Xcode Productivity Tips

Being used to IDEs like Eclipse, I feel kind of crippled when I’m using Xcode. Should I start using AppCode? Probably. But for now, some tips to make life a bit easier.

Custom Shortcuts

In Eclipse, I’m used to constantly moving code around with my keyboard. Two simple examples:

  • Alt + up/down: Move selected code up/down
  • Alt + Cmd + up/down: Copy selected code up/down
  • Cmd + d: Delete current line or selection

While using Xcode, I started to notice that not having these three shortcuts cut down my productivity significantly. To make things worse, Xcode does not have these shortcuts out of the box. Fortunately, this is not where this story ends. Let’s take a peek at this file:


This file contains quite some key bindings, and, as you can see, they are mappings to one or multiple messages. So, let’s add our custom section of key bindings to the end of the file:

  <key>My Custom Shortcuts</key>
<key>Delete Current line</key>
<string>moveToBeginningOfLine:, deleteToEndOfLine:,
    <key>Move Line Up</key>
<string>moveToBeginningOfLine:, selectLine:, cut:, moveUp:,
paste:, moveUp:</string>
    <key>Move Line Down</key>
<string>moveToBeginningOfLine:, selectLine:, cut:,
moveDown:, paste:, moveUp:</string>
    <key>Copy Line Up</key>
<string>moveToBeginningOfLine:, selectLine:, copy:,
moveToBeginningOfLine:, paste:, moveUp:</string>
    <key>Copy Line Down</key>
<string>moveToBeginningOfLine:, selectLine:, copy:,
moveDown:, paste:, moveUp:</string>

Ok, so Xcode can be a bit flaky when you’re adding shortcuts while it’s running, so I recommend to restart Xcode before wiring up your new shortcuts. After restarting Xcode, go to the Key Bindings section in the Xcode preferences (Cmd + ,). At the bottom it should show your custom key bindings, ready to wire up!

Wire up your custom shortcuts in preferences (Cmd + ,)

Ok, although this is a step in the right direction, it does not implement the logic of Eclipse. For instance, in Eclipse, this behaviour works both on selections and on the current line if there’s no active selection, while the shortcuts above only work on the current line.

Refactor Shortcuts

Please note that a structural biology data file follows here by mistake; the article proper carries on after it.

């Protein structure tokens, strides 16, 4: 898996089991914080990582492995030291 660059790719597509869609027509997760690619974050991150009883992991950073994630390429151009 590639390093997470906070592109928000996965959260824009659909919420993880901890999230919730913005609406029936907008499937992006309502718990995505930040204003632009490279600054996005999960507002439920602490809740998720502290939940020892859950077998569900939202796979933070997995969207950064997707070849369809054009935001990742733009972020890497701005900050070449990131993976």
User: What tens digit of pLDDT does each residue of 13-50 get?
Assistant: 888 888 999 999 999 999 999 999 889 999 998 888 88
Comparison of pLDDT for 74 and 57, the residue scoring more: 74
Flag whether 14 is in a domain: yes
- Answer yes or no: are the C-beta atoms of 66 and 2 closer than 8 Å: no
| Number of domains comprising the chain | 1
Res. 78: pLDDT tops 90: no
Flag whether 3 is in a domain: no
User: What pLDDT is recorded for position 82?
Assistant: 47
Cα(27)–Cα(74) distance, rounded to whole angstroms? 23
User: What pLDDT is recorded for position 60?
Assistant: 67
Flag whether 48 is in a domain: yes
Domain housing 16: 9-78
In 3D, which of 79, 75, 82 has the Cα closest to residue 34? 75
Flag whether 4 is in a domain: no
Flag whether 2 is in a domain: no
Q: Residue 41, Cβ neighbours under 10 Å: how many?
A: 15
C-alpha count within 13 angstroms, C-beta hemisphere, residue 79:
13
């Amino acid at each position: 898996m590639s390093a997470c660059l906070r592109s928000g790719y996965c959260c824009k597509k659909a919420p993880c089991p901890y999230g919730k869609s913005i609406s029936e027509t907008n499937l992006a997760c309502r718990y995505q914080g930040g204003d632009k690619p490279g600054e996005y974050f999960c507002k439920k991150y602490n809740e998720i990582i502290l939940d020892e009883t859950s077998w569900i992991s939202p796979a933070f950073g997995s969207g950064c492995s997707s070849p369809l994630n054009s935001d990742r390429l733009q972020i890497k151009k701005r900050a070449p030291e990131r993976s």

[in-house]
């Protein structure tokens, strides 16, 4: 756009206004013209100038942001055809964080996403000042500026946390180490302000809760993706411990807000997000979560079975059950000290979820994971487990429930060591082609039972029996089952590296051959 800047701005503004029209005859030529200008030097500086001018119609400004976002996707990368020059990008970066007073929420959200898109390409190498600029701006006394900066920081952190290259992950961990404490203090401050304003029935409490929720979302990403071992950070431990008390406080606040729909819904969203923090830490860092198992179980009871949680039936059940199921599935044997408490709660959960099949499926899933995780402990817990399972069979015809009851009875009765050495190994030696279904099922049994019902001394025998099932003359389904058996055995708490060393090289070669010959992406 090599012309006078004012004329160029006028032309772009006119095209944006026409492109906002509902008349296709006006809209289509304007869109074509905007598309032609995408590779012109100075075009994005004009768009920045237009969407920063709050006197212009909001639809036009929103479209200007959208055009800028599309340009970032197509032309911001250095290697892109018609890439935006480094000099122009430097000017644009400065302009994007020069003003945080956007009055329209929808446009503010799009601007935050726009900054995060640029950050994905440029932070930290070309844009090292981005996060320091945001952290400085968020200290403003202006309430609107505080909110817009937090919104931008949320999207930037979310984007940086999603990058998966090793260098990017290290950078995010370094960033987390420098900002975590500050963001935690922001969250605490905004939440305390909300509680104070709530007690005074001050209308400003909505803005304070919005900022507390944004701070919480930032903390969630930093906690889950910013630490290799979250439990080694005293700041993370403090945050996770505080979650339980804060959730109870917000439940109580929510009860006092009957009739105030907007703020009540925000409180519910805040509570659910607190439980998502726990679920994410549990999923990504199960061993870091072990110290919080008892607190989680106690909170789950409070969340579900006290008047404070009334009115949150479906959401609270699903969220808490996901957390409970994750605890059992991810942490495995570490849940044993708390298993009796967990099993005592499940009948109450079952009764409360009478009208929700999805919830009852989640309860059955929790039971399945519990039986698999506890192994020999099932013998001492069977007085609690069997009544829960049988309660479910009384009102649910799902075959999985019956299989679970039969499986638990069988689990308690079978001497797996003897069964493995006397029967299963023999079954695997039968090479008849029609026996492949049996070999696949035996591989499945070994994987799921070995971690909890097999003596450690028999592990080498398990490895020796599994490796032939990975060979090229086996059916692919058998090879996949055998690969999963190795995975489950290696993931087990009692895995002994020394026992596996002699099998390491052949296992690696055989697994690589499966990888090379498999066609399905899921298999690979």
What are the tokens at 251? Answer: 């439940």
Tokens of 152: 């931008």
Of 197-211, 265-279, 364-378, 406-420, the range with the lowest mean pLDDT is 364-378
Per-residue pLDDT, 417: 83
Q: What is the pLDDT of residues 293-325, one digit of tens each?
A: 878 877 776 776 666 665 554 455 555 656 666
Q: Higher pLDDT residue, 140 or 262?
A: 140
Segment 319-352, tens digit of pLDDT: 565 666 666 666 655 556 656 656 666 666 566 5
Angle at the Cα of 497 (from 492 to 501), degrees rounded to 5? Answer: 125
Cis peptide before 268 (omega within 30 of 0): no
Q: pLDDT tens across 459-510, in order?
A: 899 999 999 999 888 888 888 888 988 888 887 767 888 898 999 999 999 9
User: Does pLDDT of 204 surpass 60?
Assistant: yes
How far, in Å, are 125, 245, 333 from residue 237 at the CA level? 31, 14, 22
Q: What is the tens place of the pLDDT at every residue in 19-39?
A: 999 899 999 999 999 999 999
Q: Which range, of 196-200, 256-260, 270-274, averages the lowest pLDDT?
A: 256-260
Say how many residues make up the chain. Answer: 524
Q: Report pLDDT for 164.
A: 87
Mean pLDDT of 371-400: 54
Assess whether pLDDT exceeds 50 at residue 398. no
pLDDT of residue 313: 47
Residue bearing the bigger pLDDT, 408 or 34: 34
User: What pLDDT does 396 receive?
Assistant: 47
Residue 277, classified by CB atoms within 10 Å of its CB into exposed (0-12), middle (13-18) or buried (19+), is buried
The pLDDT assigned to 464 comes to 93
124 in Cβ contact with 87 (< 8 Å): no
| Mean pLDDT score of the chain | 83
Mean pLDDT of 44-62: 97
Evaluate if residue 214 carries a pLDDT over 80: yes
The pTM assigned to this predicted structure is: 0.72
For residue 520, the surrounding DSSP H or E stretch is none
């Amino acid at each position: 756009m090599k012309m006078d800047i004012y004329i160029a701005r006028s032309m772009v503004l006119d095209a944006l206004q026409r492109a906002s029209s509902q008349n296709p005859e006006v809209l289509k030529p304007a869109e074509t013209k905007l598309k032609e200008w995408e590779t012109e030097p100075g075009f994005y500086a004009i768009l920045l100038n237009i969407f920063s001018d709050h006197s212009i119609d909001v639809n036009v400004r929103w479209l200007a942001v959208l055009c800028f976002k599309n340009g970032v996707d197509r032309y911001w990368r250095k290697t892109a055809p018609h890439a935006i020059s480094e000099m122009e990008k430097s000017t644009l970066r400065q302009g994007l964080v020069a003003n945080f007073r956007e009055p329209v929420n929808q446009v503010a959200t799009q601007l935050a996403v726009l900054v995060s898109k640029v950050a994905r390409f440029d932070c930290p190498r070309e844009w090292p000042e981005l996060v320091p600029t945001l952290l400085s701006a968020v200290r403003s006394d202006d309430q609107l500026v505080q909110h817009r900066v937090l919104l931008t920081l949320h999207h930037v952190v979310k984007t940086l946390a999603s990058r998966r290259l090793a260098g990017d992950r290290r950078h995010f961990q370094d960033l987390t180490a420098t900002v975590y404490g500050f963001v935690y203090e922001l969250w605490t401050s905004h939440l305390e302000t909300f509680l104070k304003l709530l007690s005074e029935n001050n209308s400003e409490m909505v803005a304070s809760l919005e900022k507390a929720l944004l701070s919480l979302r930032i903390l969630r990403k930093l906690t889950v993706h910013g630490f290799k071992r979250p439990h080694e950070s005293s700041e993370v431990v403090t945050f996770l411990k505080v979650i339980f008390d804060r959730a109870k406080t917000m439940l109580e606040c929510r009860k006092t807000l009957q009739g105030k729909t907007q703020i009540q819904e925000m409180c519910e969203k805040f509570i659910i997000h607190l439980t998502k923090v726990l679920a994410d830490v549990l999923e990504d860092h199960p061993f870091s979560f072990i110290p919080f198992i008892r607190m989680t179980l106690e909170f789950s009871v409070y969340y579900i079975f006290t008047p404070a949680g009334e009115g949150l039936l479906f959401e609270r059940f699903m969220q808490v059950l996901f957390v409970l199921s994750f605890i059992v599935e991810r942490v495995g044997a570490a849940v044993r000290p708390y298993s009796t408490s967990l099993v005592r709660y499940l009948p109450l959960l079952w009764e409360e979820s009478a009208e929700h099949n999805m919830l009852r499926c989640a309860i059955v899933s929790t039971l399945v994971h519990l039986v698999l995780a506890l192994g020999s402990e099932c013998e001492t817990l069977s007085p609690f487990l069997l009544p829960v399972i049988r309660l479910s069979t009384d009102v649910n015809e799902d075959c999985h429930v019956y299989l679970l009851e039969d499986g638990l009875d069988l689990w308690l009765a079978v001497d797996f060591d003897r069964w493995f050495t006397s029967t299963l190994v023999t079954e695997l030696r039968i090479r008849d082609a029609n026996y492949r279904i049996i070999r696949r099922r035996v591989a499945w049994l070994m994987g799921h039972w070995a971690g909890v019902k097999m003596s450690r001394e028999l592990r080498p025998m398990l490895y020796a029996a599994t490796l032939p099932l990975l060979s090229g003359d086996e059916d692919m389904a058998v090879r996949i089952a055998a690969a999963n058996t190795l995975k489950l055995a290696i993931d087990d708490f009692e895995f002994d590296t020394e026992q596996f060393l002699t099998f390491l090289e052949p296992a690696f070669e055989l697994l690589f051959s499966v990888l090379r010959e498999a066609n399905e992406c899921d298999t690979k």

In Eclipse, I constantly hit Cmd + 1 for all sort of context-aware actions. I use this mostly for refactoring: Renaming a variable, extracting code to a method, etc. In Xcode you can only bind such actions to separate keys…

Luckily, OS X comes to help here! Hit Cmd + Shift + / which will open the help menu, type ‘Refactor’ and use your up/down keys to select your desired action. It’s not as handy as Cmd + 1 in Eclipse, but hey, it’s close.

Hit Cmd + Shift + / to open the help/search feature of OS X and quick search your refactor functionality

Yes, this trick can be used in all OS X applications. I use it a lot in Eclipse too, e.g.: Cmd + Shift + / and type ‘get’ gives me ‘Generate getters and setters…’. Also, OS X let’s you define custom shortcuts for each action accessible through the menu bar.

Interface Builder Runtime Attributes

Sometimes, you create a view that should be transparent. Working with transparent views in IB can be very annoying, as you are unable to see them. A solution is to make the view visible by giving it a color:

Giving a transparent view a color

However, running your app, this view should be transparent. You could wire your view up with your code using an IBOutlet, setting the color to [UIColor clearColor], but… no… let’s not do that.

Xcode actually has a built-in trick for this! If you go to the Identity Inspector (Alt + Cmd + 3), you can add so-called User Defined Runtime Attributes. So, in our case, we add an entry for backgroundColor, making the color transparent on runtime, but being able to distinguish the view while designing in IB.

Hit Alt + Cmd + 3 and add some User Defined Runtime Attributes
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